Grow Your Own Ginger
Do you love Asian foods, ginger ale and pumpkin pie? It’s the taste of ginger that’s won you over. Zingiber officinale is easy to grow and makes for a great project with kids. And with its attractive foliage, this plant will add beauty to your home and garden, as well. Just pick up a root from your grocery store’s produce section and get growing!
Photo Credit: John Buettner
Photo Credit: John Buettner
Ginger root is sold in a clump that’s often called a “hand.” You’ll want to choose a hand that’s fresh and firm with as many “fingers” as possible. To get as many plants as you can, cut or break the fingers off the main root. Each section with a growing tip will become a plant. Be sure to allow any cut surfaces to dry before planting them in moist soil.
Planting is easy as pie: Simply pick a pot that’s at least twice the diameter as the length of your root section. Fill it ¾ full with standard potting soil, and place the small root sections on the soil surface. Water it well. Your plant will survive dry spells, but to get the most consistent growth, keep it damp at all times. Place your ginger pot in a spot where it’ll stay warm. There’s no need to find a sunny spot on your windowsill. At this stage, your ginger actually grows better without direct sunshine. Before you know it, you’ll see sprouts.
Studies say ginger’s peak flavor arrives at 265 days. (And if you start the ginger inside in late winter, that one root can produce four times that amount by fall!) But you’ll only get this long growing season by starting your ginger indoors as a houseplant early in the year and then transplanting it in your garden in late spring, once the weather’s warmed. When moving your ginger to your garden, choose a spot with rich, loose soil, and be sure to water it regularly. There aren’t many pests or diseases to worry about. And occasionally, you might get a nice surprise: Your ginger plant may produce yellowish flowers at the base of each stem.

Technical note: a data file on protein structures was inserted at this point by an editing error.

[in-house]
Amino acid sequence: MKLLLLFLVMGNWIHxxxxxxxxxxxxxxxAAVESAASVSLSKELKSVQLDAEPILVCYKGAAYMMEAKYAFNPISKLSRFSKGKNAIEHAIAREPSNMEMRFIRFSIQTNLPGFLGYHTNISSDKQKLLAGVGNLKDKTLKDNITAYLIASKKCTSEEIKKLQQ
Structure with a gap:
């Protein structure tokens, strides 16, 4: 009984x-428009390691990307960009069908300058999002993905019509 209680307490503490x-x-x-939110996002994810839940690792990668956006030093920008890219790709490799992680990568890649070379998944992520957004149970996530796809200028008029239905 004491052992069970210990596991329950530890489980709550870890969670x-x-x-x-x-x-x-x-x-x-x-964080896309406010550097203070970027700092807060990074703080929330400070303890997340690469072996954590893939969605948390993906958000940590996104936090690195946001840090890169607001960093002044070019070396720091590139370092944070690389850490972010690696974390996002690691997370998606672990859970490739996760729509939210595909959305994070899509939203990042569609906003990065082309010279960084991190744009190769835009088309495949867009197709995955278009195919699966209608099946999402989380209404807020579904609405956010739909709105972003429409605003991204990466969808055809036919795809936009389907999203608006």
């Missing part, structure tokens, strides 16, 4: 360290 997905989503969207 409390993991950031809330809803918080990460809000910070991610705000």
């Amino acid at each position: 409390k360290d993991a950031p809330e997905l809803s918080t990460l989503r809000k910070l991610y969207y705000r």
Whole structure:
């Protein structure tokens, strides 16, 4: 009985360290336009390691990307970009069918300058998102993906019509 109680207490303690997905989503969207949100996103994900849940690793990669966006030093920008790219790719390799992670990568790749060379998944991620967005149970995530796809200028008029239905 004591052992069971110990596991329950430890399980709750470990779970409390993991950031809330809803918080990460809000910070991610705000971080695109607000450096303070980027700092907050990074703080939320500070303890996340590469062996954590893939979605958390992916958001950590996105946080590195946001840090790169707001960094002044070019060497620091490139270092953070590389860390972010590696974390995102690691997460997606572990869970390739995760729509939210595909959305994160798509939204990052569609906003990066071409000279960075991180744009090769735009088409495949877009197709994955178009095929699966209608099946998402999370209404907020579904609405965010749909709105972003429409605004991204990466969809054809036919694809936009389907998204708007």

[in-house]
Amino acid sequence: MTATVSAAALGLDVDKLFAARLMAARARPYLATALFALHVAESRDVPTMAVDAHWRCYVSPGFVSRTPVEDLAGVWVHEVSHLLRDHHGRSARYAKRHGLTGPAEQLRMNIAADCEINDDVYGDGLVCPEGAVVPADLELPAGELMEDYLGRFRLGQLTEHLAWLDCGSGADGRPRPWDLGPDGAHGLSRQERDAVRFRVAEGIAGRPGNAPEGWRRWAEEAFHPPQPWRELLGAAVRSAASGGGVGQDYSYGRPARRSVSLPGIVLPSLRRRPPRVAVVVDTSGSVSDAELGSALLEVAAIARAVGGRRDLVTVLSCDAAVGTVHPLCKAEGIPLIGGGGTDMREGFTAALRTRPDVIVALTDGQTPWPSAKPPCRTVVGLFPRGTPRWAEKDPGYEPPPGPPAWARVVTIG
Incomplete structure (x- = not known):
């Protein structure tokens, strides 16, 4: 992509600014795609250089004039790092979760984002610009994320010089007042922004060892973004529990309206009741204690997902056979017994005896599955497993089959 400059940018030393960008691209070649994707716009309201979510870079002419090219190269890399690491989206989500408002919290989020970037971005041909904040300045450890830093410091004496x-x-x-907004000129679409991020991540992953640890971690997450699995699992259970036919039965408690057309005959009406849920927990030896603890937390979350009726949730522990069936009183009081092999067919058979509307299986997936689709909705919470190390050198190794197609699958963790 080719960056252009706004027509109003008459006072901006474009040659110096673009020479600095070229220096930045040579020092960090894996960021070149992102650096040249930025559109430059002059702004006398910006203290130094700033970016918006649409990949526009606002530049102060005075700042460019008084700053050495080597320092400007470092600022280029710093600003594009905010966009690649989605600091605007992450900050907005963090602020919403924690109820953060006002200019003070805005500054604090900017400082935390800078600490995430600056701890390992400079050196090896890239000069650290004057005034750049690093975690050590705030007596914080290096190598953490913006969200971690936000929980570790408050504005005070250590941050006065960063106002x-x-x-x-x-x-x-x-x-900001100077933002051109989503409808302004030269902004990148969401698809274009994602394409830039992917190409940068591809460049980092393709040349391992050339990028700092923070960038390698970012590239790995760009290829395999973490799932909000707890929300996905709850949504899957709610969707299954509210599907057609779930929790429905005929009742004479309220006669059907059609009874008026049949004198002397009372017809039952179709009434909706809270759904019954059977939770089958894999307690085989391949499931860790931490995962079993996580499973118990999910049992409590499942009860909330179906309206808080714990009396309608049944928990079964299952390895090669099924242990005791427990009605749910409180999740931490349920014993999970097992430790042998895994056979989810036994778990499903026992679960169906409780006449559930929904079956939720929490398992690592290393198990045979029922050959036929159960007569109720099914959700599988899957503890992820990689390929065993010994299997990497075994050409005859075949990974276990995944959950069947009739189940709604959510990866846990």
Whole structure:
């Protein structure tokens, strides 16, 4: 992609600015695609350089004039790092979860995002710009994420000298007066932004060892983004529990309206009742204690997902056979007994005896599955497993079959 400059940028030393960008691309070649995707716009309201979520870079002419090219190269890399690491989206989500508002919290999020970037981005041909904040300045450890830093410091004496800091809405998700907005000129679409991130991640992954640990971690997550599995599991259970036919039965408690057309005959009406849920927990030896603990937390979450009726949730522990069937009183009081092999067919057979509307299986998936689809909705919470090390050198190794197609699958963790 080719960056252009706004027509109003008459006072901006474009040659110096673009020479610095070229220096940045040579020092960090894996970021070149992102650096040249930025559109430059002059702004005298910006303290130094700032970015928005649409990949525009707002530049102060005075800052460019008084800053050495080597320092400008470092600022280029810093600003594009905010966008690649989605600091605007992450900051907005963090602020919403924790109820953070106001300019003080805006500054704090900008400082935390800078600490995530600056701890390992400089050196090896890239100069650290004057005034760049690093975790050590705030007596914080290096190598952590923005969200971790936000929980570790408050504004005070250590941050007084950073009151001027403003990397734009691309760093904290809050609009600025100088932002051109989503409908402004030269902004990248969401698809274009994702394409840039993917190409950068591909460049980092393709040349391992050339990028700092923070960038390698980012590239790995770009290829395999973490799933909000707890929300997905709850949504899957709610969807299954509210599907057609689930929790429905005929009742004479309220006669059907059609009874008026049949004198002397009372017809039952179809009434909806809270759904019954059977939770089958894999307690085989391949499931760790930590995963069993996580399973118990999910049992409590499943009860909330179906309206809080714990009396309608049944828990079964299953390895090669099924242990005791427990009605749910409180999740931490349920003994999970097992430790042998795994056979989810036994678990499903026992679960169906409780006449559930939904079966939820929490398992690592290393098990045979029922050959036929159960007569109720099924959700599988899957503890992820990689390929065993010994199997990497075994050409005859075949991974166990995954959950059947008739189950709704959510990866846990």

With proper care, your ginger can reach 2-4 feet tall. It’ll have narrow, glossy, green leaves that can be up to a foot long. Its roots can be harvested at any time, but you should let the plant grow for at least three to four months before harvesting. You’ll be able to see the ginger roots growing near the surface of the soil. To harvest them, just trim off small sections whenever you need them, while the rest of the plant continues to grow. The new roots that grow from the starter root will have the best flavor and texture. The old starter root should be tossed out at the end of the season.
You can use these flavorful roots in many recipes. One of my favorites is to make crystallized or candied ginger after my final harvest in October. There are many recipes to crystallize ginger, but this is the easiest I’ve found:
Candied GingerPeel and slice your ginger root into small sections. Cover in water, with an inch to spare, then cook on a low boil for one hour. Test the roots for softness by piercing one of the sections with a knife. Once they’re soft, start adding sugar, keeping the pot on the low boil. (Note: The amount of sugar you use should equal the amount of water in the pot.) Allow the roots to boil in the simple syrup for at least an hour, then strain the root pieces and roll them in granulated sugar. Place the sugared roots on wax paper and let them dry overnight. Once they’re completely dry, you can store them in a sealed jar for months, or you can freeze them in plastic bags for up to a year. And don’t throw out the delicious ginger syrup leftovers – it alone is worth the trouble of spending all this time in the kitchen!
There are so many recipes for versatile ginger. Look some up for making ginger snaps or ginger dressing. This wonderful spice is so easy to grow, that you’ll find yourself searching for more ways to use this great root!